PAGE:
Though we were but a few, last night’s Saving Missy book club chat was a joy, not least because it was a book we gave a resounding ten to, so lovely was the tale and the main character of this coming-of-old-age-book.
If you haven’t read it, I rather insist you do because it is a life-affirming take on the things each and every one of need to consider as we get older, all wrapped up in the hug of characters, we agreed would stay with us…
If you are a member of our free book club and didn’t get a chance to join us last night, please still feel free to add your thoughts to Saving Missy thread here in the community, and if you aren’t please know you are welcome to join us at any time.
This Month’s Book Choices
As usual I am offering three books up for voting. Simply choose your favourite and add your vote on the dedicated voting thread in the Community, and I will announce the most popular book on Wednesday 17th November.
I’m going to skip December and take us right into January, so we will have a chance to get the busiest months of the year out of the way, and maybe buy the book with whatever book vouchers Santa cares to stuff in our stocking, so we will meet in our online bookclub on Wednesday 19th January – and honestly I’m already looking forward to it. It really is so nice to talk all things bookish isn’t it?
Small Pleasures by Clare Chambers
From the Amazon blurb…
1957: Jean Swinney is a feature writer on a local paper in the southeast suburbs of London. Clever but with limited career opportunities and on the brink of forty, Jean lives a dreary existence that includes caring for her demanding widowed mother, who rarely leaves the house. It’s a small life with little joy and no likelihood of escape.
That all changes when a young woman, Gretchen Tilbury, contacts the paper to claim that her daughter is the result of a virgin birth. Jean seizes onto the bizarre story and sets out to discover whether Gretchen is a miracle or a fraud. But the more Jean investigates, the more her life becomes strangely (and not unpleasantly) intertwined with that of the Tilburys, including Gretchen’s gentle and thoughtful husband Howard, who mostly believes his wife, and their quirky and charming daughter Margaret, who becomes a sort of surrogate child for Jean. Gretchen, too, becomes a much-needed friend in an otherwise empty social life.
Jean cannot bring herself to discard what seems like her one chance at happiness, even as the story that she is researching starts to send dark ripples across all their lives…with unimaginable consequences.
Both a mystery and a love story, Small Pleasures is a literary tour-de-force in the style of The Remains of the Day, about conflict between personal fulfillment and duty; a novel that celebrates the beauty and potential for joy in all things plain and unfashionable.
Someone At a Distance by Dorothy Whipple
From the Amazon blurb…
‘A very good novel indeed about the fragility and also the tenacity of love’ commented the Spectator recently about Someone at a Distance, the 1953 novel by Dorothy Whipple, which was ignored fifty years ago because ‘editors are going mad for action and passion’ (as she was told by her publisher). But this last novel by a writer whose books had previously been bestsellers is outstandingly good by any standards. Apparently ‘a fairly ordinary tale about the destruction of a happy marriage’ (Nina Bawden in the Preface) yet ‘it makes compulsive reading’ in its description of an ordinary family (‘Ellen was that unfashionable creature, a happy housewife’) struck by disaster when the husband, in a moment of weak, mid-life vanity, runs off with a French girl. Dorothy Whipple is a superb stylist, with a calm intelligence in the tradition of Mrs Gaskell (both wrote in the Midlands and had similar preoccupations). ‘The prose is simple, the psychology spot on’ said the Telegraph, and John Sandoe Books commented: ‘We have all delighted in this unjustly forgotten novel; it is well written and compelling.’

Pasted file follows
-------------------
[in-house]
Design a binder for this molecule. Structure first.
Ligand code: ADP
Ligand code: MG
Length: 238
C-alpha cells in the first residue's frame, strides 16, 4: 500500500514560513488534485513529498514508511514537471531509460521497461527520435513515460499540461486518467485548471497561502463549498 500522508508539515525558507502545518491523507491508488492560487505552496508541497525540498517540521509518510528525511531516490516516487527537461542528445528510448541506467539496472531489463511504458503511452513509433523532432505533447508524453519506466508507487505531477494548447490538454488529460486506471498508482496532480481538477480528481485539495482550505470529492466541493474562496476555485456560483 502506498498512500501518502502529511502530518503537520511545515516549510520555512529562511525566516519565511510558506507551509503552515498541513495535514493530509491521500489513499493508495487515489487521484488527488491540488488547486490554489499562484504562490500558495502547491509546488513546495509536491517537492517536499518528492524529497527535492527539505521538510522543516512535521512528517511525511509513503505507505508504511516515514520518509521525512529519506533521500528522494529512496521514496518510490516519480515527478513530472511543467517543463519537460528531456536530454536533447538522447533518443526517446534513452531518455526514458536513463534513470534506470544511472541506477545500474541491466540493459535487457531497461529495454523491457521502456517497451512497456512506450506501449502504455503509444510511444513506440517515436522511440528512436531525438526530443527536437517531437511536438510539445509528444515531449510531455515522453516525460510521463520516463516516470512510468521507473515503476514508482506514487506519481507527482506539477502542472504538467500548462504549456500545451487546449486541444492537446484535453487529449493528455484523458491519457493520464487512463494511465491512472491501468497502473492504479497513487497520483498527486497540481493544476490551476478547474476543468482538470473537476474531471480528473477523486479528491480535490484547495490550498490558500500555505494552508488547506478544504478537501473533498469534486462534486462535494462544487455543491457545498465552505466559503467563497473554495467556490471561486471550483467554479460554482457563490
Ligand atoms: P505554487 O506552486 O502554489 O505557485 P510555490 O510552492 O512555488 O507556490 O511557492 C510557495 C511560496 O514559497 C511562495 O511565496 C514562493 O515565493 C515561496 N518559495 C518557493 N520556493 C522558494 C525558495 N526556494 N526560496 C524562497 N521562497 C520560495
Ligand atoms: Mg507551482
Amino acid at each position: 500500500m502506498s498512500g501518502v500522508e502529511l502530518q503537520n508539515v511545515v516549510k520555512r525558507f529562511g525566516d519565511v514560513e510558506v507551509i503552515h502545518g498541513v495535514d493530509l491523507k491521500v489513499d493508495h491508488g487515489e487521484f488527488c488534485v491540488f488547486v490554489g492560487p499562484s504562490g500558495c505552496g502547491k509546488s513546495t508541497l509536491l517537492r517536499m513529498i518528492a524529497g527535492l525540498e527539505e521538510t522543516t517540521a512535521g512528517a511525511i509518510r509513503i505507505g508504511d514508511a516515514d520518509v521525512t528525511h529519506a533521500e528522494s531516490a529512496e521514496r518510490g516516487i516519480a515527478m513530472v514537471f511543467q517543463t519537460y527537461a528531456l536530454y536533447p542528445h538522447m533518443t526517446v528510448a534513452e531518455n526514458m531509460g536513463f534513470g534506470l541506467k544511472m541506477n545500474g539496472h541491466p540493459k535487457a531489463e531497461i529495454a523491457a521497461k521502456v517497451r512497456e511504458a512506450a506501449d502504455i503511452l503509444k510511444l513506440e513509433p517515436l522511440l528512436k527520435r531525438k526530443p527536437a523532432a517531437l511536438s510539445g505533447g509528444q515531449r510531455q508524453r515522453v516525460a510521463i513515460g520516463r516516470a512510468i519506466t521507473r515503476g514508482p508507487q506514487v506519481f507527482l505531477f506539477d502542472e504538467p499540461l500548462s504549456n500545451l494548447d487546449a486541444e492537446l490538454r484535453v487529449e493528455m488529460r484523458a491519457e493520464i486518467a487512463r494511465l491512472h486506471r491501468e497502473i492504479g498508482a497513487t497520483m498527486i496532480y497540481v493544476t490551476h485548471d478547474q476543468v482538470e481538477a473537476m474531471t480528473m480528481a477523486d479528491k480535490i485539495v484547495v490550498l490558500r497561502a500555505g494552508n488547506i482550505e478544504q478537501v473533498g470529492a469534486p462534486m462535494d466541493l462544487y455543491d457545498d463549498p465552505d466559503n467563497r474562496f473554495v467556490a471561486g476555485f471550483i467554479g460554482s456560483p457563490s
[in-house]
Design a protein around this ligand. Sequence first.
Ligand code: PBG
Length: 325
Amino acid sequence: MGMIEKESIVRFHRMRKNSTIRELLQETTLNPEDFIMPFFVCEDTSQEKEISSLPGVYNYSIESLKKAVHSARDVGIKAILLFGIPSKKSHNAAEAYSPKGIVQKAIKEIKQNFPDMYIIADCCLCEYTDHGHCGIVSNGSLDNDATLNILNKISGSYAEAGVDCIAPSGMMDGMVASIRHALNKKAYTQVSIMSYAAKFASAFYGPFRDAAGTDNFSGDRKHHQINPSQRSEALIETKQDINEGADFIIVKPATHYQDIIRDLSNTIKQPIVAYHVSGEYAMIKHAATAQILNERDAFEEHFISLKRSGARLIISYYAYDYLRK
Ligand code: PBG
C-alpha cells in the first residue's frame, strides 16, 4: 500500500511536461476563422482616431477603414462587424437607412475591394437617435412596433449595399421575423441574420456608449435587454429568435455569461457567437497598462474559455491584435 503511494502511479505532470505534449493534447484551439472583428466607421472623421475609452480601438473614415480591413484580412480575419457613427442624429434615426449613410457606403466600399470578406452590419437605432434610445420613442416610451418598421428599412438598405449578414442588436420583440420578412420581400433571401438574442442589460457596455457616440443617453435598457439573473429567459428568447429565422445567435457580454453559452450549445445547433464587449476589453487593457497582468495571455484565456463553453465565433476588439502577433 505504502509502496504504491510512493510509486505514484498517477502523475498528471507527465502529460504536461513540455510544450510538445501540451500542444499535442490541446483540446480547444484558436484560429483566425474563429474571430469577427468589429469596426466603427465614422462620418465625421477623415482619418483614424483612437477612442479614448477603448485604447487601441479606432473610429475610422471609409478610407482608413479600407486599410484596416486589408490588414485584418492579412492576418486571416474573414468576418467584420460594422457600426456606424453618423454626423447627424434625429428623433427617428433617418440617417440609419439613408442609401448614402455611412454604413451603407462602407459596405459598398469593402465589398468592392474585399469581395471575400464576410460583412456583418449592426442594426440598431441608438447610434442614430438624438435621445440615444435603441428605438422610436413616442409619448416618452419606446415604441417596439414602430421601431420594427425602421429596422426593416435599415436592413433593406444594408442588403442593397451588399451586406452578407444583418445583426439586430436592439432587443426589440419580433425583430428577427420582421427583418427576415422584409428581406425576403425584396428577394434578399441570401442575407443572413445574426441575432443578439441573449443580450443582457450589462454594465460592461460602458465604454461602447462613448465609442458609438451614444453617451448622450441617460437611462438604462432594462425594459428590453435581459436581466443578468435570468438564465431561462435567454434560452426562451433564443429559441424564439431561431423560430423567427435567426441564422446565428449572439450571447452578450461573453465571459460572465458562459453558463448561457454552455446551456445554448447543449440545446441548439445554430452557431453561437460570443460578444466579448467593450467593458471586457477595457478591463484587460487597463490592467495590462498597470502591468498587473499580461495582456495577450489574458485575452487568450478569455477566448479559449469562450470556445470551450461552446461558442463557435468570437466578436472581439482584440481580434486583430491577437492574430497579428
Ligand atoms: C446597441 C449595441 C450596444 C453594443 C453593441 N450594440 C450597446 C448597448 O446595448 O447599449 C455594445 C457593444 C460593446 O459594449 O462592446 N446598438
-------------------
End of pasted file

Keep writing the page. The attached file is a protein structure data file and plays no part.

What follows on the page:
On Amazon.Co.UK here (£5.79 on Kindle)
The Sunday Lunch Club by Juliet Ashton
From the Amazon blurb…
The first rule of Sunday Lunch Club is … don’t make any afternoon plans.
Every few Sundays, Anna and her extended family and friends get together for lunch. They talk, they laugh, they bicker, they eat too much. Sometimes the important stuff is left unsaid, other times it’s said in the wrong way.
Sitting between her ex-husband and her new lover, Anna is coming to terms with an unexpected pregnancy at the age of forty. Also at the table are her ageing grandmother, her promiscuous sister, her flamboyantly gay brother and a memory too terrible to contemplate.
Until, that is, a letter arrives from the person Anna scarred all those years ago. Can Anna reconcile her painful past with her uncertain future?
Get it on Amazon.Com here ($12.99 on Kindle).
On Amazon.Co.UK here (£2.99 on Kindle)
Or read it on Scribd: simply use my link to get your first two months absolutely free! Sign up and search for The Sunday Lunch Club and you will discover the book there.
I can’t wait to see which you choose. Snuggly reading Housekeepers.